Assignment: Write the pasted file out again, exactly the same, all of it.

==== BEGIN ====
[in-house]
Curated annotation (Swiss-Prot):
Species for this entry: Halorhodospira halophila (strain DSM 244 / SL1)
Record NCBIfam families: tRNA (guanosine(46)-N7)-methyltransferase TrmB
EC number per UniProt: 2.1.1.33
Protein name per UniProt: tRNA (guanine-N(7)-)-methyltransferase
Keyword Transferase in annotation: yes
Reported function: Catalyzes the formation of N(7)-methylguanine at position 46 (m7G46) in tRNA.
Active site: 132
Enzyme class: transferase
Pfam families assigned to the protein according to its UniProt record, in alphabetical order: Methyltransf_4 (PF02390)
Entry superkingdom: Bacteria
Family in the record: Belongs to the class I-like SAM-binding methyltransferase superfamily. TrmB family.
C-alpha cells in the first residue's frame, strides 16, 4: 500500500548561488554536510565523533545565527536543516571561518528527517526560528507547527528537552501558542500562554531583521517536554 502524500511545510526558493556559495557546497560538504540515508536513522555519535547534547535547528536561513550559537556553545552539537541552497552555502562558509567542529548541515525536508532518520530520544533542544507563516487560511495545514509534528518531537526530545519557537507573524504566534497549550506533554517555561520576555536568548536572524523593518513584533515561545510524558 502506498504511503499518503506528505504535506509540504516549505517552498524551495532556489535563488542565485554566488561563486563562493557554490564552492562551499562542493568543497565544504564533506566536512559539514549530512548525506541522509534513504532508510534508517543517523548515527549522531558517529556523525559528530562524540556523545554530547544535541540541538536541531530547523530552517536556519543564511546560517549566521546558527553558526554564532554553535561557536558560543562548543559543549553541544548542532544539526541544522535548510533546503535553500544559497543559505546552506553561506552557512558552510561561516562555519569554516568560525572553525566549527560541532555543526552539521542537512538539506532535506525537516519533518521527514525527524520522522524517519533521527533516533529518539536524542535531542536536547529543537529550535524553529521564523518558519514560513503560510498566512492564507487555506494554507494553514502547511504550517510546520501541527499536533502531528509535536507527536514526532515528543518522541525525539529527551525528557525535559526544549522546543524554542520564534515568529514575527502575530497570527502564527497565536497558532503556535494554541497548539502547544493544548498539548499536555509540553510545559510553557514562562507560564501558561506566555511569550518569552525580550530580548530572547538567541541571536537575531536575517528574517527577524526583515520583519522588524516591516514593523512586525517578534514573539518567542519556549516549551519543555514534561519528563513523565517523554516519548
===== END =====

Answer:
[in-house]
Curated annotation (Swiss-Prot):
Species for this entry: Halorhodospira halophila (strain DSM 244 / SL1)
Record NCBIfam families: tRNA (guanosine(46)-N7)-methyltransferase TrmB
EC number per UniProt: 2.1.1.33
Protein name per UniProt: tRNA (guanine-N(7)-)-methyltransferase
Keyword Transferase in annotation: yes
Reported function: Catalyzes the formation of N(7)-methylguanine at position 46 (m7G46) in tRNA.
Active site: 132
Enzyme class: transferase
Pfam families assigned to the protein according to its UniProt record, in alphabetical order: Methyltransf_4 (PF02390)
Entry superkingdom: Bacteria
Family in the record: Belongs to the class I-like SAM-binding methyltransferase superfamily. TrmB family.
C-alpha cells in the first residue's frame, strides 16, 4: 500500500548561488554536510565523533545565527536543516571561518528527517526560528507547527528537552501558542500562554531583521517536554 502524500511545510526558493556559495557546497560538504540515508536513522555519535547534547535547528536561513550559537556553545552539537541552497552555502562558509567542529548541515525536508532518520530520544533542544507563516487560511495545514509534528518531537526530545519557537507573524504566534497549550506533554517555561520576555536568548536572524523593518513584533515561545510524558 502506498504511503499518503506528505504535506509540504516549505517552498524551495532556489535563488542565485554566488561563486563562493557554490564552492562551499562542493568543497565544504564533506566536512559539514549530512548525506541522509534513504532508510534508517543517523548515527549522531558517529556523525559528530562524540556523545554530547544535541540541538536541531530547523530552517536556519543564511546560517549566521546558527553558526554564532554553535561557536558560543562548543559543549553541544548542532544539526541544522535548510533546503535553500544559497543559505546552506553561506552557512558552510561561516562555519569554516568560525572553525566549527560541532555543526552539521542537512538539506532535506525537516519533518521527514525527524520522522524517519533521527533516533529518539536524542535531542536536547529543537529550535524553529521564523518558519514560513503560510498566512492564507487555506494554507494553514502547511504550517510546520501541527499536533502531528509535536507527536514526532515528543518522541525525539529527551525528557525535559526544549522546543524554542520564534515568529514575527502575530497570527502564527497565536497558532503556535494554541497548539502547544493544548498539548499536555509540553510545559510553557514562562507560564501558561506566555511569550518569552525580550530580548530572547538567541541571536537575531536575517528574517527577524526583515520583519522588524516591516514593523512586525517578534514573539518567542519556549516549551519543555514534561519528563513523565517523554516519548